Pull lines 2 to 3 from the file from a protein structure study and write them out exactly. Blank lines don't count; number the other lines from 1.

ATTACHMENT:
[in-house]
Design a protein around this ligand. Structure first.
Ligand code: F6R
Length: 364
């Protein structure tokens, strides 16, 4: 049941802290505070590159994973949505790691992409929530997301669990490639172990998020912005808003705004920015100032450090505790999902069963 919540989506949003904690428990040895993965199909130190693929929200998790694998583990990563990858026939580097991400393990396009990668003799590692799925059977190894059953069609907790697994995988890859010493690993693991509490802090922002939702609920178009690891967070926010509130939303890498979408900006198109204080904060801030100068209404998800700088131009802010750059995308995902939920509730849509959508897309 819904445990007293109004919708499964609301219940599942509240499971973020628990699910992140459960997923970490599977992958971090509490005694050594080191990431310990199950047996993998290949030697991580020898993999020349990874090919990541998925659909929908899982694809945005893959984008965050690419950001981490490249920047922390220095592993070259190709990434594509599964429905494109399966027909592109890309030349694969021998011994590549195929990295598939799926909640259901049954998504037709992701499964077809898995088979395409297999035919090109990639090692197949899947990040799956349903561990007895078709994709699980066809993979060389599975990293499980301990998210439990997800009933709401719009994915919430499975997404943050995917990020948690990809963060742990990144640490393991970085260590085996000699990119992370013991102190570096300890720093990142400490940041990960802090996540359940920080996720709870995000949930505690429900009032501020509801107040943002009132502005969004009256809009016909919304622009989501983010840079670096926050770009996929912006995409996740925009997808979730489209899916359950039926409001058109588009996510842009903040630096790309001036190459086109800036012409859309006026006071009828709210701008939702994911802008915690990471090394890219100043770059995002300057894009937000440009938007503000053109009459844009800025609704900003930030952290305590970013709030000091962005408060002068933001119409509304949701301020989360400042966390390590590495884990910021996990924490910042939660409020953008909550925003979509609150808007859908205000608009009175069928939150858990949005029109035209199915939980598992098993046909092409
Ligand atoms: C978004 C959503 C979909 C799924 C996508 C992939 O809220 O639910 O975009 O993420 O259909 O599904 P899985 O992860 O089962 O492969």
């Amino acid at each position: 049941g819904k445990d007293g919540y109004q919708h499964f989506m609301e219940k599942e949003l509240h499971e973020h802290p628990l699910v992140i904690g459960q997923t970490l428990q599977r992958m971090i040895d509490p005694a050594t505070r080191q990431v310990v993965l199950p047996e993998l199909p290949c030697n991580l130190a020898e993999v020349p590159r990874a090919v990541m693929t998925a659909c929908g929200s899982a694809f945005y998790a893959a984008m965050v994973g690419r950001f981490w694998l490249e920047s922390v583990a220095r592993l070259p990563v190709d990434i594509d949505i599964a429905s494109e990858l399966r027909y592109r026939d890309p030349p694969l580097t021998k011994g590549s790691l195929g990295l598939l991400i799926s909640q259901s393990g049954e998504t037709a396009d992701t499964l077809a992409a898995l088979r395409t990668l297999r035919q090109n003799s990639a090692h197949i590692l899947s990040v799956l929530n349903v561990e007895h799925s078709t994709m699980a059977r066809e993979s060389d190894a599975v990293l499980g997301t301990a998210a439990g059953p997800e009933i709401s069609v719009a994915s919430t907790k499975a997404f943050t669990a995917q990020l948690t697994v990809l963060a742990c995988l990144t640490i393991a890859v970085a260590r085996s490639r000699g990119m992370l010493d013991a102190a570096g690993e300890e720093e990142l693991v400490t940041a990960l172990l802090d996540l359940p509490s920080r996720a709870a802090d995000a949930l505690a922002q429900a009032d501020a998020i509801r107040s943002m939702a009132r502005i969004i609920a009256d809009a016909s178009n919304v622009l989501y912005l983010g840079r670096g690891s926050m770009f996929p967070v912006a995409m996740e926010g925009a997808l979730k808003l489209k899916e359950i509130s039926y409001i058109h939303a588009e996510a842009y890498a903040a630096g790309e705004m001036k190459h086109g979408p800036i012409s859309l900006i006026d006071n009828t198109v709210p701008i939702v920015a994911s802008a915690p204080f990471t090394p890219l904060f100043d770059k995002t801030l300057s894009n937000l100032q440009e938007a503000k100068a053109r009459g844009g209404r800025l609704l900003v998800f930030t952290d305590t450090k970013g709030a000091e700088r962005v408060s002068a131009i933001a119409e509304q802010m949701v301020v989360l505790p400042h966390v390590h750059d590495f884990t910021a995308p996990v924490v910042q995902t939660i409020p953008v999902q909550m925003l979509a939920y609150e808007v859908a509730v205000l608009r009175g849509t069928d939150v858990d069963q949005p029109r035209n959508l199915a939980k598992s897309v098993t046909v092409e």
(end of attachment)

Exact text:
Design a protein around this ligand. Structure first.
Ligand code: F6R